The links below contain specific areas within the Interim Policy or SAFETEA-LU that support the "nominate for national designation" component.
* 23 USC 162 also allows Federal land management agencies to submit nominations directly. This is another case where the law supersedes the Interim Policy.
A similar definition can be applied for an Indian tribe scenic byway. An Indian tribe scenic byway means a road or highway that has been designated by the Indian tribe through legislation or some other official declaration for its scenic, historic, recreational, cultural, archaeological, or natural qualities. An official declaration is an action taken by that of an individual, board, committee, or political subdivision acting with granted authority on behalf of the Indian tribe.
A portion of this section has been overridden by changes in the law and no longer applies. Roads must meet the criteria above. If they do not have State, Indian tribe, or Federal land management designation, they will not be considered on a case-by-case basis*.
* Provision in the Interim Policy that no longer applies.
"A nomination process will be used as the means by which roads or highways may be recognized for their intrinsic qualities and designated as National Scenic Byways or as All-American Roads. All nominations for National Scenic Byways or All-American Roads must be submitted by the State Scenic Byways Agency (SSBA) [or Indian tribe or Federal land management agency] to the FHWA. The States [and Indian tribes and Federal land management agencies] will receive written notification of the time period for submitting nominations for designation consideration."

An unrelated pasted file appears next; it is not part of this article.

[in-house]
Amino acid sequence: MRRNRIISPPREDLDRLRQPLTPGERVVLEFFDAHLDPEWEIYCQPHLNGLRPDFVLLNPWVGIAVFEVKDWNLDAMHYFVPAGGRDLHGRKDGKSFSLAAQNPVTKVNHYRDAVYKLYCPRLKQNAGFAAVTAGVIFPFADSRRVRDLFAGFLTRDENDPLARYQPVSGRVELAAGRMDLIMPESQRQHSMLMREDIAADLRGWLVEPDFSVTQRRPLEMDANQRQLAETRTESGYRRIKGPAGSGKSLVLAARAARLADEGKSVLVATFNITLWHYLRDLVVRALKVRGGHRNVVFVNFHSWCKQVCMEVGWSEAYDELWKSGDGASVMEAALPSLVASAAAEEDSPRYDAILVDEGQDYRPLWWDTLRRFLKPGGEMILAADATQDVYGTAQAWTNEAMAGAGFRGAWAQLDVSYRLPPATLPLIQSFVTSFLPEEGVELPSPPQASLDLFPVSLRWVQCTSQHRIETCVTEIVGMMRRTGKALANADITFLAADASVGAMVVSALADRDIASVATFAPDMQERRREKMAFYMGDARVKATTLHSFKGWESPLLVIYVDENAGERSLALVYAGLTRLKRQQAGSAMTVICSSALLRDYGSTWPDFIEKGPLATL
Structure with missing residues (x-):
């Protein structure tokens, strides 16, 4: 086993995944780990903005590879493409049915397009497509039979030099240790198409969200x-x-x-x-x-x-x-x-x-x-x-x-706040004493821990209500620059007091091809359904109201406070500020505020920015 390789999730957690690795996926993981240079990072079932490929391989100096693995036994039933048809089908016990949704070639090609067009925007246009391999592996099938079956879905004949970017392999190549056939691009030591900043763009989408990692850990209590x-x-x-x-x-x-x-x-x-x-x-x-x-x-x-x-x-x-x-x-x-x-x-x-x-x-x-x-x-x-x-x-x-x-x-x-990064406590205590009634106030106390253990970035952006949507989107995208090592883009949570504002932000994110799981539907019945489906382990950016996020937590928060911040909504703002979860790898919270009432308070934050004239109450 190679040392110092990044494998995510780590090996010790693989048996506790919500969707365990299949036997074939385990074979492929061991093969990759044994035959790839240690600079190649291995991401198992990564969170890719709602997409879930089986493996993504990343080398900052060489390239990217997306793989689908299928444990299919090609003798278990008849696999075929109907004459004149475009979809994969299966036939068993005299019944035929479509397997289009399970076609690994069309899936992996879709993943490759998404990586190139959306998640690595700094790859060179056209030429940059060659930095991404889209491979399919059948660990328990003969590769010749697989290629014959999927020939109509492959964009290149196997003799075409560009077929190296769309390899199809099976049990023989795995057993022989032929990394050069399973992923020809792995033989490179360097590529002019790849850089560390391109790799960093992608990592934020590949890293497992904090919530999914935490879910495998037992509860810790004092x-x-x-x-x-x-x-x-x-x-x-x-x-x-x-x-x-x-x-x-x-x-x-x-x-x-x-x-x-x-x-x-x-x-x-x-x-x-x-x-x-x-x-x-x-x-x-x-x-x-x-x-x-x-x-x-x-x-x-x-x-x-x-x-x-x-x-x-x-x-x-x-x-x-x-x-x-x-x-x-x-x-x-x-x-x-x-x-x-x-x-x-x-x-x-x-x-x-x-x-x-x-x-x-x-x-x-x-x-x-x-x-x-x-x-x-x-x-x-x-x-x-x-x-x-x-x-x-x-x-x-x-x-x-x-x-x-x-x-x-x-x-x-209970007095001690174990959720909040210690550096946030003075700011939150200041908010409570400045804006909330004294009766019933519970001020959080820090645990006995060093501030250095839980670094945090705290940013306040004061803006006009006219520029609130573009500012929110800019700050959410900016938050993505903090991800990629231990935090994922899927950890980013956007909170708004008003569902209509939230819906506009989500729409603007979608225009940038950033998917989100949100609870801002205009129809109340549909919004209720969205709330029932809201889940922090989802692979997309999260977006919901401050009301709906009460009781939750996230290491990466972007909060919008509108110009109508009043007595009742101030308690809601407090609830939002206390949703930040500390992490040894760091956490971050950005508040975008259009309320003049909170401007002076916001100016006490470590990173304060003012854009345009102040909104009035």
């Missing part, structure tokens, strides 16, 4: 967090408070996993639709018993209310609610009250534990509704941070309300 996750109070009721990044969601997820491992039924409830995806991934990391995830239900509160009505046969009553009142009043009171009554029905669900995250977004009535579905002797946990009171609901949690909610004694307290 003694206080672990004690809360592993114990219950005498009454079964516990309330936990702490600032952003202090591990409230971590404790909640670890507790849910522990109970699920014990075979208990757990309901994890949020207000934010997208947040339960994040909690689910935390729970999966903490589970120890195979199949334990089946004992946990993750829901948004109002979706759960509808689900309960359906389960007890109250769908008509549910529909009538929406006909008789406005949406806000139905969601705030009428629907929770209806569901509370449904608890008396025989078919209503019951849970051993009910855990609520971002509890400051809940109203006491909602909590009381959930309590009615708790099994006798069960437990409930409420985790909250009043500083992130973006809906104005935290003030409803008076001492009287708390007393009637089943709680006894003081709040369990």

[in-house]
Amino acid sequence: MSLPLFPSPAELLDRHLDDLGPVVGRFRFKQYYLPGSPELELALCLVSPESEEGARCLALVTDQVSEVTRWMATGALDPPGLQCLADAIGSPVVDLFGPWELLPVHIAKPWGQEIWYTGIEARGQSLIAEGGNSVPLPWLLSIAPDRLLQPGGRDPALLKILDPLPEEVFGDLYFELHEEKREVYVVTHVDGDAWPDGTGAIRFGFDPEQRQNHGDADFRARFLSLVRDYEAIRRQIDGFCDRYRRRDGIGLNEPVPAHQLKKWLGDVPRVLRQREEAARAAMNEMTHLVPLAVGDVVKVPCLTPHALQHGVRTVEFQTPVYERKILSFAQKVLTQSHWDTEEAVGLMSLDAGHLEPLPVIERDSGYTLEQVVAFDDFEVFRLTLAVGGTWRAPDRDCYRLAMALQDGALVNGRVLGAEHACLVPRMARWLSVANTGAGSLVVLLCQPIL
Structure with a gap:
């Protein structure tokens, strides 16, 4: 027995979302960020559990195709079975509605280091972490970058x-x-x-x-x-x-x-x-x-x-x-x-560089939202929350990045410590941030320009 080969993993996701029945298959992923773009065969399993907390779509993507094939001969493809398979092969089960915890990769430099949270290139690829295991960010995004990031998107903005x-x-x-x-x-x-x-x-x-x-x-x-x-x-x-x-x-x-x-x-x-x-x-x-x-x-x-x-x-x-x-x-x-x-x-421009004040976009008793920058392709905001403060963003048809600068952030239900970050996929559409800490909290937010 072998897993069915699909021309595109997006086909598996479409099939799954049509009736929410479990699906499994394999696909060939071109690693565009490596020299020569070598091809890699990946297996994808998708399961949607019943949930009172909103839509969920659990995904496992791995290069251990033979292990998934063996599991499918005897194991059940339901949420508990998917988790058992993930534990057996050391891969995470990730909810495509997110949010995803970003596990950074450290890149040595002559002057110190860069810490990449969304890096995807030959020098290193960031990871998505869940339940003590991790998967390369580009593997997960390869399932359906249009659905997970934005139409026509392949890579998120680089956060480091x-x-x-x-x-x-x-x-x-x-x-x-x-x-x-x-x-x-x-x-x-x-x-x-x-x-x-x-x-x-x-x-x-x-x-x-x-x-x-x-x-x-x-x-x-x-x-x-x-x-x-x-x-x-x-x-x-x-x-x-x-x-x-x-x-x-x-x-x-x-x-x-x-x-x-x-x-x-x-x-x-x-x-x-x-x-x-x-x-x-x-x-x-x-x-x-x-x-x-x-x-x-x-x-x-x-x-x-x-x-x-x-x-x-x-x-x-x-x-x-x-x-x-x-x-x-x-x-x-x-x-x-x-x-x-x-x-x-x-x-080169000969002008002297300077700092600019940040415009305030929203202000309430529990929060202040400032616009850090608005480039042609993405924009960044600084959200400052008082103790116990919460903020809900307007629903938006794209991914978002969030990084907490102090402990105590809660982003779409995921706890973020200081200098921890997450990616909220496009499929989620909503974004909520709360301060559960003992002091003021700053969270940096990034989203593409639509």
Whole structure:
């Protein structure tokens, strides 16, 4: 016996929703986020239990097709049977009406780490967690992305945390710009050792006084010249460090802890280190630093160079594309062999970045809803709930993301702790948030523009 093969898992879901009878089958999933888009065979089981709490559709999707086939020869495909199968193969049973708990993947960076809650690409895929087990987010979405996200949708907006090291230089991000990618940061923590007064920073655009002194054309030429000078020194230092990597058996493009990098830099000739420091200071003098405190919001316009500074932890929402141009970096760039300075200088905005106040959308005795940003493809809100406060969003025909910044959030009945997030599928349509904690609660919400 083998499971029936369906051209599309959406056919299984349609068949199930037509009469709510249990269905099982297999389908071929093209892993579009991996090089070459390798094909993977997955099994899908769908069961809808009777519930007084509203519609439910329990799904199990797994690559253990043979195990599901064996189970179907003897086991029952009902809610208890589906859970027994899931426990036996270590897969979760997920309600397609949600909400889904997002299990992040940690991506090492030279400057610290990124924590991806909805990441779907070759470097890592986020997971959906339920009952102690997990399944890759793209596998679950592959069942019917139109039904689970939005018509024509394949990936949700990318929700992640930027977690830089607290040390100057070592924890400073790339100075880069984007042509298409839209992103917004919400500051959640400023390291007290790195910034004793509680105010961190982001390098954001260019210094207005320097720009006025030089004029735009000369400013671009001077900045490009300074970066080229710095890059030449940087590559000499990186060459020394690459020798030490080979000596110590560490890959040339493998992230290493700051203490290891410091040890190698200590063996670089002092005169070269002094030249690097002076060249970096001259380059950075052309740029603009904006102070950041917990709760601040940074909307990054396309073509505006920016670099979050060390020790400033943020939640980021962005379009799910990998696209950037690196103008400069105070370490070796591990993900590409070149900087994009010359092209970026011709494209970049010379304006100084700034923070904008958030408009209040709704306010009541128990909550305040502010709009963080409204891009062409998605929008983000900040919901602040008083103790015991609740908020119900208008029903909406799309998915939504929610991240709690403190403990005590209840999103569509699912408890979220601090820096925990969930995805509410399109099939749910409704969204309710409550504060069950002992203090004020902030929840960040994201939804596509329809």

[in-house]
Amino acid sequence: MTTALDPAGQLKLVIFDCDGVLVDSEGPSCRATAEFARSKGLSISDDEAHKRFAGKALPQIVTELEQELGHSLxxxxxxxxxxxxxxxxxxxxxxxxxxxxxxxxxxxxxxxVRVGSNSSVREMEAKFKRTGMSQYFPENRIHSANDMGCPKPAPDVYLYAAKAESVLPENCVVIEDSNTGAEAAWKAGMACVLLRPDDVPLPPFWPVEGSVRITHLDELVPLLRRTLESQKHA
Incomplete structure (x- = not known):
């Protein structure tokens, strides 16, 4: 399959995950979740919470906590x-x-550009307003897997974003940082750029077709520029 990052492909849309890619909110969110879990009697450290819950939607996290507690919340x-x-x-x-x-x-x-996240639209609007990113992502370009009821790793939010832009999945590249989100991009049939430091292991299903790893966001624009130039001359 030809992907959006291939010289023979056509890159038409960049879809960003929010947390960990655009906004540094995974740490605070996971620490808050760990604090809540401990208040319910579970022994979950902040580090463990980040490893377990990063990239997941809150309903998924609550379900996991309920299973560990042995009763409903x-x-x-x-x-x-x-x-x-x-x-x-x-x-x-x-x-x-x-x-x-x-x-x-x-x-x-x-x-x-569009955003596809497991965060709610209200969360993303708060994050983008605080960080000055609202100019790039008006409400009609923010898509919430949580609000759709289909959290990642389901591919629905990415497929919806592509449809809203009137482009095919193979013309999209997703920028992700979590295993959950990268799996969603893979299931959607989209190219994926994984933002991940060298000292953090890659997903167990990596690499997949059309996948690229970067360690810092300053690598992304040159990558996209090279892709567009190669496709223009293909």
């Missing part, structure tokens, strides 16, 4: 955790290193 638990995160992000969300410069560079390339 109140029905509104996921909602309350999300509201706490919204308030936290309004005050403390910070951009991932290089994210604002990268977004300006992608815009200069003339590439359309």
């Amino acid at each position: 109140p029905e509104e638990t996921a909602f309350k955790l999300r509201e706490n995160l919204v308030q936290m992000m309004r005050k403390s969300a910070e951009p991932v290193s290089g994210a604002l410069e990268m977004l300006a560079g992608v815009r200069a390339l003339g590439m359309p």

Reciprocal notification. - States, Indian tribes, and Federal land management agencies shall notify each other regarding nominations for roads that are within the jurisdictional boundary of the State, Federal land management agency, or Indian tribe; or directly connect to roads for which the State, Federal land management agency, or Indian tribe is responsible.
Under 23 U. S. C. Section 162, an Indian tribe may nominate a road only if a Federal land management agency (other than the Bureau of Indian Affairs), a State, or a political subdivision of a State does not have jurisdiction over the road; or responsibility for managing the road.
Even though the nomination may originate with others, the State, Indian tribe, or Federal land management agency submitting the nomination is still responsible for the entire content of such nomination and should ensure that all information is accurate and that the State, Indian tribe, or Federal land management agency endorses the nomination.
The State, Indian tribe, or Federal land management agency is responsible for ensuring that all State, tribal, or agency laws, regulations, or procedures are followed regarding nominations.
A portion of this section has been overridden by changes in the law and no longer applies. Federal land management agencies do not have to submit nominations through the SSBA and do not need the State's concurrence.
* SAFETEA-LU did not change this, TEA-21 actually changed this.
The first step is for local sponsors to submit to the SSBA [or Indian tribe] the documentation necessary for the State [or Indian tribe] to determine if the scenic byway possesses intrinsic qualities sufficient to merit its nomination as a National Scenic Byway or an All-American Road.
The second step is for the remainder of the nomination package to be submitted once the State [or Indian tribe] has determined that the byway is appropriate for nomination.